An conversation with Harry Frankfurt about his views on love, free will, and responsibility, as well as his general approach to philosophy.
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  14. Joseph Lacey (2012). Climate Change and Norman Daniels' Theory of Just Health: An Essay on Basic Needs. [REVIEW] Medicine, Health Care and Philosophy 15 (1):3-14.score: 18.0
    Norman Daniels, in applying Rawls’ theory of justice to the issue of human health, ideally presupposes that society exists in a state of moderate scarcity. However, faced with problems like climate change, many societies find that their state of moderate scarcity is increasingly under threat. The first part of this essay aims to determine the consequences for Daniels’ theory of just health when we incorporate into Rawls’ understanding of justice the idea that the condition of moderate scarcity can fail. (...)
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  15. G. J. Oliver (2000). Hellenistic Evolutions R. W. Wallace, E. M. Harris (Edd.): Transitions to Empire: Essays in Greco-Roman History 360–146 Bc in Honor of E. Badian (Oklahoma Series in Classical Culture). Pp. X + 498. Norman and London: University of Oklahoma Press, 1997. Cased, £39.95. Isbn: 0-8061-2863-1. J. J. Gabbert: Antigonus II Gonatas: A Political Biography . Pp. VIII + 88. London and New York: Routledge, 1997. Cased, £35. Isbn: 0-415-01899-4. G. M. Cohen: The Hellenistic Settlements in Europe, the Islands and Asia Minor . (Hellenistic Culture and Society, 17.) Pp. XIII + 481, 12 Maps. Berkeley, Los Angeles, and Oxford: University of California Press, 1995. Cased, $65/£55. Isbn: 0-520-08329-6. K. J. Rigsby: Asylia: Territorial Inviolability in the Hellenistic World . (Hellenistic Culture and Society, 22.) Pp. XVII + 672, 9 Ills. Berkeley, Los Angeles, and London: University of California Press, 1996. Cased, $90/£65. Isbn: 0-520-20098-. [REVIEW] The Classical Review 50 (01):190-.score: 18.0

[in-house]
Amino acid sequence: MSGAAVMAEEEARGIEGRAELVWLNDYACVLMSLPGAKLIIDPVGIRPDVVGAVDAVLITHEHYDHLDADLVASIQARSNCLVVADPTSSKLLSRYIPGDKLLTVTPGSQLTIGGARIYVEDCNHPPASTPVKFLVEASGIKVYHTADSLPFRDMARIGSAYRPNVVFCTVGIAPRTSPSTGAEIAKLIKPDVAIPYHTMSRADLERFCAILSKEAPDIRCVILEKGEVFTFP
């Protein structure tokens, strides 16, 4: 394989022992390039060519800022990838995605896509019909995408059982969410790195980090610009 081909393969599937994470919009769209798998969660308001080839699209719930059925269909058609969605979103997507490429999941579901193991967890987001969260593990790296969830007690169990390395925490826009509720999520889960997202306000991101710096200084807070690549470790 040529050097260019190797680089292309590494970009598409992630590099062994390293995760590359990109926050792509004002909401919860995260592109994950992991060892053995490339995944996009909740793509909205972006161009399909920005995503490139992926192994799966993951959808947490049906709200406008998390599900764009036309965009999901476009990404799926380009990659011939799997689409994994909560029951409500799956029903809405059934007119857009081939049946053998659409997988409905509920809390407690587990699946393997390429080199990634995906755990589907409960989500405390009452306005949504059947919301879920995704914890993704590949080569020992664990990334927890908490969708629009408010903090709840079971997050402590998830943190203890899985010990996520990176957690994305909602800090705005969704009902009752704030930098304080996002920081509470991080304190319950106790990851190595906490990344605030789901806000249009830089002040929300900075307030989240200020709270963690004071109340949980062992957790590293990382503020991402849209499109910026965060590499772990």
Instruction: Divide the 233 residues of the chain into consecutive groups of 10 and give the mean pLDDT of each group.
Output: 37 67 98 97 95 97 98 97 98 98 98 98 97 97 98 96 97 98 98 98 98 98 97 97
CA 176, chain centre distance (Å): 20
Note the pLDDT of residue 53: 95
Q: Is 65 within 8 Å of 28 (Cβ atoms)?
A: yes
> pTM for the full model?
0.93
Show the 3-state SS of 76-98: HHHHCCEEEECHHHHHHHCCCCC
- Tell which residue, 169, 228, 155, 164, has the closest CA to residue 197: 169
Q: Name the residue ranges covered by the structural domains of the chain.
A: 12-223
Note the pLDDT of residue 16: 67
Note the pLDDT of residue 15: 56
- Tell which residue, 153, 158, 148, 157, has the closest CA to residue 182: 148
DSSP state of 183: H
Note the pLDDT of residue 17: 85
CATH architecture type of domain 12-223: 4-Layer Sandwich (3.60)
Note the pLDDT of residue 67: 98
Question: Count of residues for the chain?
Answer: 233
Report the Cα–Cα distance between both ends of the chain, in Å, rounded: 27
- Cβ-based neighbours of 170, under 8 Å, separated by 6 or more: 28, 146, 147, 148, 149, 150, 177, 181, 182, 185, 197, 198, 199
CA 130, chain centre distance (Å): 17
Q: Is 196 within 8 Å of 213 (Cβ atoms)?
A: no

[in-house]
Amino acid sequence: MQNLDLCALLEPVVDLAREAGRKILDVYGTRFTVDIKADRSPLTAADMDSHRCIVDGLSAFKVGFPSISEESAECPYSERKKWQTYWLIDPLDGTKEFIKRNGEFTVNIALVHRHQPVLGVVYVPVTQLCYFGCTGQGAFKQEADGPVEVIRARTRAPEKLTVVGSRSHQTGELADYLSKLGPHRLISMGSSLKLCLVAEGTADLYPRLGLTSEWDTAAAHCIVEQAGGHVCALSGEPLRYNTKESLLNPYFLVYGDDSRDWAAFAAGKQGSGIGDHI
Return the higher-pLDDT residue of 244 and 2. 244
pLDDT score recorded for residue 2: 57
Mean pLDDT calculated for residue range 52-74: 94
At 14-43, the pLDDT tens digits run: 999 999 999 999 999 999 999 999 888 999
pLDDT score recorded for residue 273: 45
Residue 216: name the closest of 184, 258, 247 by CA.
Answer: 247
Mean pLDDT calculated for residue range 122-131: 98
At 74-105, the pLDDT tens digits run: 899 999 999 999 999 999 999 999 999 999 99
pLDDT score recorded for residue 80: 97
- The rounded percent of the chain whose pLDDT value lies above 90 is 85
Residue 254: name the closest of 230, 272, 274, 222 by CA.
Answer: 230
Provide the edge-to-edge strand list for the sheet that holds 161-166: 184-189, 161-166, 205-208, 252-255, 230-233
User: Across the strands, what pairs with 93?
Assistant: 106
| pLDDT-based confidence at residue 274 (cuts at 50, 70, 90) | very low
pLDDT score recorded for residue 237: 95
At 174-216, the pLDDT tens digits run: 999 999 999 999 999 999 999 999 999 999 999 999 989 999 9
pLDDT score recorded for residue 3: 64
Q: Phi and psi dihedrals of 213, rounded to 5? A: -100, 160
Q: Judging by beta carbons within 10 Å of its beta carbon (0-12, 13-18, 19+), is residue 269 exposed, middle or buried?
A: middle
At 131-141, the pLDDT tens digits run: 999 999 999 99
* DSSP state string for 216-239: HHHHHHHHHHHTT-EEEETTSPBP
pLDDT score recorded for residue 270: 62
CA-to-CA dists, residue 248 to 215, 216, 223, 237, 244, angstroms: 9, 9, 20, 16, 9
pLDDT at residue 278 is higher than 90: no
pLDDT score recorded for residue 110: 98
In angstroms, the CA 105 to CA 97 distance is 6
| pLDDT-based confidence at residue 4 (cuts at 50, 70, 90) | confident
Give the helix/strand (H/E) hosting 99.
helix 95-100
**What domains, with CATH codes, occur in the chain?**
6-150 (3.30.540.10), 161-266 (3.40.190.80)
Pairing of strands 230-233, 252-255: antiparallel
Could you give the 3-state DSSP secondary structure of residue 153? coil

16. Mark Patrick Hederman (2007). Harry Potter and the Da Vinci Code: 'Thunder of a Battle Fought in Some Other Star'. Dublin Centre for the Study of the Platonic Tradition.score: 15.0
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  17. Uwe Steinhoff (2006). Torture — the Case for Dirty Harry and Against Alan Dershowitz. Journal of Applied Philosophy 23 (3):337–353.score: 12.0